You need this

Romans 16:17-18 17 I urge you, brothers and sisters, to watch out for those who cause divisions and put obstacles in your way that are contrary to the teaching you have learned. Keep away from them. 18 For such people are not serving our Lord Christ, but their own appetites. By smooth talk and flattery they deceive the minds of naive people.

You need this

Many of us have had it happen to us.  We have fallen prey to the smooth talker.  Whether we got talked into attending an event or purchasing something we didn’t really need, it happens.  They flatter you and tell you how perfect this product is for someone as amazing as you.  You need it and it needs you.  Behind all that flattery is an agenda, and that agenda usually serves the one whose mouth it is spewing from.

Believe it or not, it happens in the church.  Although the sales pitch is probably a bit different.  It usually starts with dissatisfaction and results in division.  Paul writes here that those who are causing divisions aren’t out for the benefit of all, but for their own appetites.  They are hungry for something, whether it is control or just making church the way they like it.  It could even be wanting to see something happen that God has put on their heart.  But when it is fleshed out in the form of division, it’s no good.

In this passage, Paul is essentially calling those people out who are intentionally messing things up for their own selfish gain.  But I think that division doesn’t always have to come out of evil intentions.  Sometimes, we just have a different style or approach to a situation.  Sometimes we so desperately want God to do this or that and we rally others around our cause.  The next thing you know, people are divided.  People start talking and ain’t nobody happy.  The cry of your heart may have simply been for God to move in a certain way and it resulted in division.

No matter which way you slice it, Paul says there isn’t room for division in the church.  His focus in the last couple chapters has been on unity in spirit.  He wants the Body of Christ to be built up.  And I think it is perfectly normal for the foot and the hand to see things differently.  But they can still figure out how to work together.  God can lay things on our heart that we can see walked out without causing division.  Even if our intentions may be good, the root probably has something to do with our own appetite.  So what do we do then?  I think we check our heart.  We walk out what God has called us to with grace.  We don’t pit people against each other.  We cease from murmuring and complaining.  We let God figure out how to put all the pieces together and we trust that He will in His timing.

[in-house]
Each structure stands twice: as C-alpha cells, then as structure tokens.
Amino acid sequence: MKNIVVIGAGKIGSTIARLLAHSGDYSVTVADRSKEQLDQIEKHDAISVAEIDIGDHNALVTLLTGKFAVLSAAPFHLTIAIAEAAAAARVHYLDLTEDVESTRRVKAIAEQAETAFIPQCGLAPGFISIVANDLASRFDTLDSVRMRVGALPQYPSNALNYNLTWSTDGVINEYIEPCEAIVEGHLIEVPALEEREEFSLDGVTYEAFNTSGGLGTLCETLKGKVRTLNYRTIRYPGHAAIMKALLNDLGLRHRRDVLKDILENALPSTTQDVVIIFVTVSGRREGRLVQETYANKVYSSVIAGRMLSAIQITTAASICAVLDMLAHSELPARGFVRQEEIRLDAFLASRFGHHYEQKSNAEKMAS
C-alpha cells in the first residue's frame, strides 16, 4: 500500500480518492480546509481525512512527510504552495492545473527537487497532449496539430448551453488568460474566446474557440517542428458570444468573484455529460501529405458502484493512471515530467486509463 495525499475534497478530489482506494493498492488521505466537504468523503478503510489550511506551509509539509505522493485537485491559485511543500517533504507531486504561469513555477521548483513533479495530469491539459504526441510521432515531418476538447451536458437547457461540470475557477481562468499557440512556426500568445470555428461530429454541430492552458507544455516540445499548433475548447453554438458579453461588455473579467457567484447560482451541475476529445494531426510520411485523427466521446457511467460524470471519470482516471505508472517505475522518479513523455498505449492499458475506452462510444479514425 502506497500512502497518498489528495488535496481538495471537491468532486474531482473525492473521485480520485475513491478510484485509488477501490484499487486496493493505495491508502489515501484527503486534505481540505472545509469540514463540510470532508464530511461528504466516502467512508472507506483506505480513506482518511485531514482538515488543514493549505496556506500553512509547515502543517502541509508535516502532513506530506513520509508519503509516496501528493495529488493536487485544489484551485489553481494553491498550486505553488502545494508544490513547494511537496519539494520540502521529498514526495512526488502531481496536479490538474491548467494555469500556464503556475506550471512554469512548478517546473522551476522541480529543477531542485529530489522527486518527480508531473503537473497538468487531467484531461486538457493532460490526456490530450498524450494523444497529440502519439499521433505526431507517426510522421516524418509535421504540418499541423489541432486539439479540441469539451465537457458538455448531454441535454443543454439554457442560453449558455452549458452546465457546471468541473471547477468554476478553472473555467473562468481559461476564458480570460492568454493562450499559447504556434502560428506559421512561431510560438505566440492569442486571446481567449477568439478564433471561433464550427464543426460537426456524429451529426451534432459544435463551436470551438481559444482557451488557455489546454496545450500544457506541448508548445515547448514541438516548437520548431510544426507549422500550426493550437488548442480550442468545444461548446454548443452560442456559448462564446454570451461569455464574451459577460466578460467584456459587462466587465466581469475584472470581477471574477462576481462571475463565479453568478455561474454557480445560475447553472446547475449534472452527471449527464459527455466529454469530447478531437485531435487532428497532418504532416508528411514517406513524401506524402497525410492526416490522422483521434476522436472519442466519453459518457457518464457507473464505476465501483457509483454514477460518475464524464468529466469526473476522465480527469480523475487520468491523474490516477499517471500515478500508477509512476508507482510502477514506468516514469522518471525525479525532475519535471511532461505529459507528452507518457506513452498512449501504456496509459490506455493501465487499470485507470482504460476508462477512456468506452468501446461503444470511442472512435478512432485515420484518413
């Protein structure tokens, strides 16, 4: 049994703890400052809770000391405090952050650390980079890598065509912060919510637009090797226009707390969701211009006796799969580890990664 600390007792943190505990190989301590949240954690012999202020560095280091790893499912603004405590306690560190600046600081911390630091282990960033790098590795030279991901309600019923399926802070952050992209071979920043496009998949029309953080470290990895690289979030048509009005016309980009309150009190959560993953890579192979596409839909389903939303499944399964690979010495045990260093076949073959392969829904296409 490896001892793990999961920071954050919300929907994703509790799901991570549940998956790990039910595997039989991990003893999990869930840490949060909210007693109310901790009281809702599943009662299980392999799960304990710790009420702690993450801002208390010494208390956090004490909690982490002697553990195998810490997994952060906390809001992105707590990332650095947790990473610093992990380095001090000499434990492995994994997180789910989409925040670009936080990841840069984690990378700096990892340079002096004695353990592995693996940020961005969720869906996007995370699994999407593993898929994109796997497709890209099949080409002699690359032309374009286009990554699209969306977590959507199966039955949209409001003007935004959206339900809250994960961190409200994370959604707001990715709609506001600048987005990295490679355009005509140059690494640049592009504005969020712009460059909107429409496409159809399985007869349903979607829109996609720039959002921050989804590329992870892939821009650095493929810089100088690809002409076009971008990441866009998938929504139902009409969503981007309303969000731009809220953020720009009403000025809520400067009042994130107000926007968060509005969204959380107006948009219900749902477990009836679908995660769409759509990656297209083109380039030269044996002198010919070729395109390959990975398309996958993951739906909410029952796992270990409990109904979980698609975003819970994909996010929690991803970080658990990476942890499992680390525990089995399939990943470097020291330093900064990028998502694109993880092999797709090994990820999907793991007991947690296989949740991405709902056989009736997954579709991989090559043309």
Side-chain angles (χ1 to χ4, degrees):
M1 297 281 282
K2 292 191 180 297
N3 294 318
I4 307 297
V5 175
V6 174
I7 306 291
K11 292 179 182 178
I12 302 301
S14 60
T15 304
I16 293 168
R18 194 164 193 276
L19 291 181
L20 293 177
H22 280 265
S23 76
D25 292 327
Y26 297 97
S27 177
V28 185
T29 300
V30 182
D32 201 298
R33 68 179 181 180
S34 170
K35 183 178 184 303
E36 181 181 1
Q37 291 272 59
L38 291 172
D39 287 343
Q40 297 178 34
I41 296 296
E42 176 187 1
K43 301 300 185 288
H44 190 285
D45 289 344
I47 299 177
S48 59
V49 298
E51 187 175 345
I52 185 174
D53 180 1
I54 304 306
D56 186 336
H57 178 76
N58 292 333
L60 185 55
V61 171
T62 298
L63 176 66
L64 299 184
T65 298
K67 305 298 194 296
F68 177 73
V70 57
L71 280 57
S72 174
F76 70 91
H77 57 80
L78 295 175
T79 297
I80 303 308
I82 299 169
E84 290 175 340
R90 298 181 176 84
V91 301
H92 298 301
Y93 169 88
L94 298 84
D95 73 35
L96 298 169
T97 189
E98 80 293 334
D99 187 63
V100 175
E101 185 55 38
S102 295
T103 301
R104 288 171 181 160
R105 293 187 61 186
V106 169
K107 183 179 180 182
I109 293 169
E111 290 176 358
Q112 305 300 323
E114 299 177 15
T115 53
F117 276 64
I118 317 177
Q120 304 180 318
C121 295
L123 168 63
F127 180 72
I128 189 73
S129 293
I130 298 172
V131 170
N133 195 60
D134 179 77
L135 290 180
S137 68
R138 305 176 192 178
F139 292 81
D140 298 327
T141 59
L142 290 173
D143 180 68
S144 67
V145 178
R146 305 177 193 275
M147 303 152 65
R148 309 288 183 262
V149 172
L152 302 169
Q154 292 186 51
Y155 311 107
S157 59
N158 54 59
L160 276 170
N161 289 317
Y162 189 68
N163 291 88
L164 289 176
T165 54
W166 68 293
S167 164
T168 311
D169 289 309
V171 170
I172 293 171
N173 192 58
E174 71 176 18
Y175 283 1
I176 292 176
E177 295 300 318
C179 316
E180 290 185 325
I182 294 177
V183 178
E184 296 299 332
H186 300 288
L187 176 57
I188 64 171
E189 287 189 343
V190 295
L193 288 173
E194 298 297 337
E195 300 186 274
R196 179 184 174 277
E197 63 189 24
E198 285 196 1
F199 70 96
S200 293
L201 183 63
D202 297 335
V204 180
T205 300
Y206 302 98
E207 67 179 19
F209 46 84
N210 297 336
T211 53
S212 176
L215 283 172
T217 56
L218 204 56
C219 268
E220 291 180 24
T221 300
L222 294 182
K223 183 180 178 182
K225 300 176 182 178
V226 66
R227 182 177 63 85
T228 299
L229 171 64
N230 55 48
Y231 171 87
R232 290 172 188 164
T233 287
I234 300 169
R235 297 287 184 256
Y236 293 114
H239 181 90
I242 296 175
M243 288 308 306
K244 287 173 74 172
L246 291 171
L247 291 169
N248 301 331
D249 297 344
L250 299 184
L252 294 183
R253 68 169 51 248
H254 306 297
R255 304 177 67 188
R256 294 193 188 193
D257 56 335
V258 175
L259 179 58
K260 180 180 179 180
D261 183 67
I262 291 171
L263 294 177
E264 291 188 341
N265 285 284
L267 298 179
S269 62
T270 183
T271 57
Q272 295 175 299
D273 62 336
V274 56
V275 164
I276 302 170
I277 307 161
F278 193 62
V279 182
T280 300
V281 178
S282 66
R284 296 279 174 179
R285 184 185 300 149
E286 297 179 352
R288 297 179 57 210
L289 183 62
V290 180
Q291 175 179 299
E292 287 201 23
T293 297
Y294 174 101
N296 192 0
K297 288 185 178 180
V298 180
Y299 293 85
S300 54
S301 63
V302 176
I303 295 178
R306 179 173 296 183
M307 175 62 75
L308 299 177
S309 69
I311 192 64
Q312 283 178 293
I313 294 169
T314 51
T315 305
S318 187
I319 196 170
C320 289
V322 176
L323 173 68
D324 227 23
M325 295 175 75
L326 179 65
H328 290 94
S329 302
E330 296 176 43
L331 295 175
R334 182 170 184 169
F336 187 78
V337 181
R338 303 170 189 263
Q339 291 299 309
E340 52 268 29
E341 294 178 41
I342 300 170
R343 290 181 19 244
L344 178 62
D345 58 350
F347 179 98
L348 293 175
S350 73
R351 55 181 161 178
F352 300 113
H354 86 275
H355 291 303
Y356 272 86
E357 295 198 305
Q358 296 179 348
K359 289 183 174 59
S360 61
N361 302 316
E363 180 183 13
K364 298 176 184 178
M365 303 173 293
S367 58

I Tolerate You

Romans 15:7 Accept one another, then, just as Christ accepted you, in order to bring praise to God.

I Tolerate You

There are words that every woman longs to hear.  They are the words that melt her heart and give her a sense of security and belonging.  They are the words: “I Tolerate You”.  (Insert record scratch here)  Wait a minute, I mean “I Love You.”  Those words are the bedrock of a marriage relationship.  They are the foundation of a parent-child relationship.  These words communicate the special place that you have in my heart.  But what if those words aren’t lived out in action? What happens if what you truly communicate is, “I Tolerate You?”

There was so much to write about today in Romans 15,  but when I saw verse 7, it begged to be written on as a follow up to yesterday’s blog.  Yesterday was all about the need to focus on our relationship with God rather than judging someone else.  And while that is important, I don’t think it goes far enough to just “not judge.”  We are called to more than “not sinning,” we are called to “walk in righteousness.”  Being a Christian should be less about what we shouldn’t do and more about what we should do.  In other words, let’s focus more on activating the positive than suppressing the negative.

Not judging someone is simply a first step.  Paul writes in Romans 15:7 that we should Accept one another, then, just as Christ accepted you, in order to bring praise to God. This word “accept” is the greek word, well… it’s a really long greek word. And it means a lot more than accept.  When I think of the word “accept” I think of tolerate.  When I say that I choose to accept those people who I disagree with, aren’t I really saying that I will tolerate them?  But this word “accept” in the context here would be more accurately translated as receive or welcome.  It is taking someone in as a friend or a companion.  It means to lead them by the hand and to take them into your home.  It means to let them into your heart.  This is starting to sound a lot like love!

Accepting one another goes several steps beyond not judging.  It takes you to the place of embracing the person.  Let me  be clear: I didn’t say embrace beliefs or lifestyle; embrace the person.  Embrace them for who they are.  Embrace them where they are at.   Get God’s heart for them and embrace them for how God sees them.  Embrace them for all that He wants them to become.  This is true acceptance.  It is more than an invitation to a social club.  It is more than toleration.  It is love – and that love is the love of Christ.